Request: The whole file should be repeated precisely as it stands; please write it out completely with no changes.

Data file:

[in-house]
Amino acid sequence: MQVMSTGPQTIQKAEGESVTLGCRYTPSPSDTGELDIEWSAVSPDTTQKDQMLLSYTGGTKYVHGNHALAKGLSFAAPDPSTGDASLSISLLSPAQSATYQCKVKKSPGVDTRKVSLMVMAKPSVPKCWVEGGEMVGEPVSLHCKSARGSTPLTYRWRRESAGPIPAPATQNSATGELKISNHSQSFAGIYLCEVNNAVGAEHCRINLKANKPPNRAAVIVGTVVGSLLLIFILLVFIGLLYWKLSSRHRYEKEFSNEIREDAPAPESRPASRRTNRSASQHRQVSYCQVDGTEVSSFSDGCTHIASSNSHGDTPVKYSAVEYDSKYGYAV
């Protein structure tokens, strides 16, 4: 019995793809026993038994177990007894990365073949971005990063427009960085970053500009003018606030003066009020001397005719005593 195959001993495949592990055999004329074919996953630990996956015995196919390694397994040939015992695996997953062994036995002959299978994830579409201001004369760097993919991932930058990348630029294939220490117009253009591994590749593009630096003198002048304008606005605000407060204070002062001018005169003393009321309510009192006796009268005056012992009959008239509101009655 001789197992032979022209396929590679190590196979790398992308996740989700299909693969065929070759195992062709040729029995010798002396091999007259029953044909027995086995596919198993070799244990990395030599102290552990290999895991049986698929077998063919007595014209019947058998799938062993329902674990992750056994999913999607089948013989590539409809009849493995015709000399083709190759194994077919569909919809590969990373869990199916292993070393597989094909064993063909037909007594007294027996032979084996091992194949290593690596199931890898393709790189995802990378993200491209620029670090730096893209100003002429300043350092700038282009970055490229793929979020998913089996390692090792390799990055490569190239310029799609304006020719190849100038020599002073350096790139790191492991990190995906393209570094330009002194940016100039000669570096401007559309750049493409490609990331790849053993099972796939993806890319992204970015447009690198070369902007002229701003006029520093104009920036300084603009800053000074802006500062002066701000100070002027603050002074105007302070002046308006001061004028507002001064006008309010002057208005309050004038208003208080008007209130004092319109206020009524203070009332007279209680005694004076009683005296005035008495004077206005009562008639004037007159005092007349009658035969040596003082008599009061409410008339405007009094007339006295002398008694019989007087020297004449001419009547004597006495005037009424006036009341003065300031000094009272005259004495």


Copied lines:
[in-house]
Amino acid sequence: MQVMSTGPQTIQKAEGESVTLGCRYTPSPSDTGELDIEWSAVSPDTTQKDQMLLSYTGGTKYVHGNHALAKGLSFAAPDPSTGDASLSISLLSPAQSATYQCKVKKSPGVDTRKVSLMVMAKPSVPKCWVEGGEMVGEPVSLHCKSARGSTPLTYRWRRESAGPIPAPATQNSATGELKISNHSQSFAGIYLCEVNNAVGAEHCRINLKANKPPNRAAVIVGTVVGSLLLIFILLVFIGLLYWKLSSRHRYEKEFSNEIREDAPAPESRPASRRTNRSASQHRQVSYCQVDGTEVSSFSDGCTHIASSNSHGDTPVKYSAVEYDSKYGYAV
């Protein structure tokens, strides 16, 4: 019995793809026993038994177990007894990365073949971005990063427009960085970053500009003018606030003066009020001397005719005593 195959001993495949592990055999004329074919996953630990996956015995196919390694397994040939015992695996997953062994036995002959299978994830579409201001004369760097993919991932930058990348630029294939220490117009253009591994590749593009630096003198002048304008606005605000407060204070002062001018005169003393009321309510009192006796009268005056012992009959008239509101009655 001789197992032979022209396929590679190590196979790398992308996740989700299909693969065929070759195992062709040729029995010798002396091999007259029953044909027995086995596919198993070799244990990395030599102290552990290999895991049986698929077998063919007595014209019947058998799938062993329902674990992750056994999913999607089948013989590539409809009849493995015709000399083709190759194994077919569909919809590969990373869990199916292993070393597989094909064993063909037909007594007294027996032979084996091992194949290593690596199931890898393709790189995802990378993200491209620029670090730096893209100003002429300043350092700038282009970055490229793929979020998913089996390692090792390799990055490569190239310029799609304006020719190849100038020599002073350096790139790191492991990190995906393209570094330009002194940016100039000669570096401007559309750049493409490609990331790849053993099972796939993806890319992204970015447009690198070369902007002229701003006029520093104009920036300084603009800053000074802006500062002066701000100070002027603050002074105007302070002046308006001061004028507002001064006008309010002057208005309050004038208003208080008007209130004092319109206020009524203070009332007279209680005694004076009683005296005035008495004077206005009562008639004037007159005092007349009658035969040596003082008599009061409410008339405007009094007339006295002398008694019989007087020297004449001419009547004597006495005037009424006036009341003065300031000094009272005259004495």